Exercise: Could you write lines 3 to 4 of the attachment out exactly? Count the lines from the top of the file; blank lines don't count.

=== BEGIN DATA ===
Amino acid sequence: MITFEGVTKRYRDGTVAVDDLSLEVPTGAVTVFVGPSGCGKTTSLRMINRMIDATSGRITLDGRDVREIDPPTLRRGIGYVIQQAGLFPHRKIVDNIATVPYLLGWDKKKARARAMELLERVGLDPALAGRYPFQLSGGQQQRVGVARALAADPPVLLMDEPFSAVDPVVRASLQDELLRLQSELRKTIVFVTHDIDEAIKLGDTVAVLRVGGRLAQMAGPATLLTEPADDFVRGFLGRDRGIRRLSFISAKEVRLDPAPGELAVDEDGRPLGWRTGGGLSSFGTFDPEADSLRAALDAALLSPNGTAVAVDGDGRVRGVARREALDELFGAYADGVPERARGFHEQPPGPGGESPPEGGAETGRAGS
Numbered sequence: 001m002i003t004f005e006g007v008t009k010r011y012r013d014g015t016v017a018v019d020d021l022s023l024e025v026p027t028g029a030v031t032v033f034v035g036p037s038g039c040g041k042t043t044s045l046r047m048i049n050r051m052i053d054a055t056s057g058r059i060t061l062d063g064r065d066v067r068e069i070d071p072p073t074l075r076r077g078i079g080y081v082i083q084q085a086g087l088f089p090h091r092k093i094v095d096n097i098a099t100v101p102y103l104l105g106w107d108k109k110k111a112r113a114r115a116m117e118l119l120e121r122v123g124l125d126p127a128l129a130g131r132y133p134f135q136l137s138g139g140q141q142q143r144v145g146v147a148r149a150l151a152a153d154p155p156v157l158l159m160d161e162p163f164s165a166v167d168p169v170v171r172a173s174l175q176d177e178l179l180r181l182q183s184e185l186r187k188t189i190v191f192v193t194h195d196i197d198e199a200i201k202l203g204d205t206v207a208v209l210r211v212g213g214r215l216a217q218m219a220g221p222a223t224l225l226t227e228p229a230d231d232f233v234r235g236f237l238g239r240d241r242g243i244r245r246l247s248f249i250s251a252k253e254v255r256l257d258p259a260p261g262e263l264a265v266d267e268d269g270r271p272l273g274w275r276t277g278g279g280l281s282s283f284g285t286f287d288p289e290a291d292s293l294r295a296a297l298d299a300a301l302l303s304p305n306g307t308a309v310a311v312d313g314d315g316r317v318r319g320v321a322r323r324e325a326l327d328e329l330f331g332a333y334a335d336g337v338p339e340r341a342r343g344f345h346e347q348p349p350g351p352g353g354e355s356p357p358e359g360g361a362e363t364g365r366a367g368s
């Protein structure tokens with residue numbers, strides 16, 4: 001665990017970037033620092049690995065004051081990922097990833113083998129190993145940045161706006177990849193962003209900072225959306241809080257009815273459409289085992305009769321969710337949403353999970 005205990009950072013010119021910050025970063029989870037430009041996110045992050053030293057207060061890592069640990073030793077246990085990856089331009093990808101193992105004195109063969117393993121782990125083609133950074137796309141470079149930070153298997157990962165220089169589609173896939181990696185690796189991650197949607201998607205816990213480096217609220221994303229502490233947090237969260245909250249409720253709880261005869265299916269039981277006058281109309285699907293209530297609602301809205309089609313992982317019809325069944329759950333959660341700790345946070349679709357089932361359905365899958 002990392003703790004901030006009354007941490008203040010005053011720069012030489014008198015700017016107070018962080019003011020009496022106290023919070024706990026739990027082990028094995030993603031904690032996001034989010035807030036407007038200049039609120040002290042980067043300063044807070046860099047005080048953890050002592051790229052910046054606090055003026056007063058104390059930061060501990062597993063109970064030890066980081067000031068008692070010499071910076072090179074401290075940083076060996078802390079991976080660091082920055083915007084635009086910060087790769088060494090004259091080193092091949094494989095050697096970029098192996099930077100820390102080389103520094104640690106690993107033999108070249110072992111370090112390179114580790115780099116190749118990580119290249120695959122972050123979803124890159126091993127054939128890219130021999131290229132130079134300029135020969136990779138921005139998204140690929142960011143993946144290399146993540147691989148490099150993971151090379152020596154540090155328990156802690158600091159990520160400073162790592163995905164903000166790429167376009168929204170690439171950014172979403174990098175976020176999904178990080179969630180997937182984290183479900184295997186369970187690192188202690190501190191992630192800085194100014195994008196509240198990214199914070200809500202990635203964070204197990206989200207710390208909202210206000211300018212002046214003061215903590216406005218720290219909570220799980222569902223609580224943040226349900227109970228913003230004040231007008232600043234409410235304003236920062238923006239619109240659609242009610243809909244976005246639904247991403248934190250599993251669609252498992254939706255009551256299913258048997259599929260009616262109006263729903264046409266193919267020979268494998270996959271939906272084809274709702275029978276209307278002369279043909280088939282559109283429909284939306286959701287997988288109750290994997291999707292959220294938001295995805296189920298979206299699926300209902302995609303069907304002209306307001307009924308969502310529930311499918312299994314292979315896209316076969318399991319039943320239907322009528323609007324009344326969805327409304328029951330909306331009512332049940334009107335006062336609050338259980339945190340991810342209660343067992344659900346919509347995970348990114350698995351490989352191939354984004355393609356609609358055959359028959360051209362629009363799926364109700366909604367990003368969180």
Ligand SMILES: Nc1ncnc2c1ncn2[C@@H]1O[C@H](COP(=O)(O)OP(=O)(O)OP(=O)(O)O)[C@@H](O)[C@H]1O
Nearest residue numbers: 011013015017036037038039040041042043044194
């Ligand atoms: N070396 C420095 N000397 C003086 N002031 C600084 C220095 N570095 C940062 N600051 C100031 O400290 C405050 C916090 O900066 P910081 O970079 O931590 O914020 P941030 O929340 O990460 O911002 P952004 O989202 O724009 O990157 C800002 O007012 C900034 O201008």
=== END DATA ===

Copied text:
């Protein structure tokens with residue numbers, strides 16, 4: 001665990017970037033620092049690995065004051081990922097990833113083998129190993145940045161706006177990849193962003209900072225959306241809080257009815273459409289085992305009769321969710337949403353999970 005205990009950072013010119021910050025970063029989870037430009041996110045992050053030293057207060061890592069640990073030793077246990085990856089331009093990808101193992105004195109063969117393993121782990125083609133950074137796309141470079149930070153298997157990962165220089169589609173896939181990696185690796189991650197949607201998607205816990213480096217609220221994303229502490233947090237969260245909250249409720253709880261005869265299916269039981277006058281109309285699907293209530297609602301809205309089609313992982317019809325069944329759950333959660341700790345946070349679709357089932361359905365899958 002990392003703790004901030006009354007941490008203040010005053011720069012030489014008198015700017016107070018962080019003011020009496022106290023919070024706990026739990027082990028094995030993603031904690032996001034989010035807030036407007038200049039609120040002290042980067043300063044807070046860099047005080048953890050002592051790229052910046054606090055003026056007063058104390059930061060501990062597993063109970064030890066980081067000031068008692070010499071910076072090179074401290075940083076060996078802390079991976080660091082920055083915007084635009086910060087790769088060494090004259091080193092091949094494989095050697096970029098192996099930077100820390102080389103520094104640690106690993107033999108070249110072992111370090112390179114580790115780099116190749118990580119290249120695959122972050123979803124890159126091993127054939128890219130021999131290229132130079134300029135020969136990779138921005139998204140690929142960011143993946144290399146993540147691989148490099150993971151090379152020596154540090155328990156802690158600091159990520160400073162790592163995905164903000166790429167376009168929204170690439171950014172979403174990098175976020176999904178990080179969630180997937182984290183479900184295997186369970187690192188202690190501190191992630192800085194100014195994008196509240198990214199914070200809500202990635203964070204197990206989200207710390208909202210206000211300018212002046214003061215903590216406005218720290219909570220799980222569902223609580224943040226349900227109970228913003230004040231007008232600043234409410235304003236920062238923006239619109240659609242009610243809909244976005246639904247991403248934190250599993251669609252498992254939706255009551256299913258048997259599929260009616262109006263729903264046409266193919267020979268494998270996959271939906272084809274709702275029978276209307278002369279043909280088939282559109283429909284939306286959701287997988288109750290994997291999707292959220294938001295995805296189920298979206299699926300209902302995609303069907304002209306307001307009924308969502310529930311499918312299994314292979315896209316076969318399991319039943320239907322009528323609007324009344326969805327409304328029951330909306331009512332049940334009107335006062336609050338259980339945190340991810342209660343067992344659900346919509347995970348990114350698995351490989352191939354984004355393609356609609358055959359028959360051209362629009363799926364109700366909604367990003368969180």
Ligand SMILES: Nc1ncnc2c1ncn2[C@@H]1O[C@H](COP(=O)(O)OP(=O)(O)OP(=O)(O)O)[C@@H](O)[C@H]1O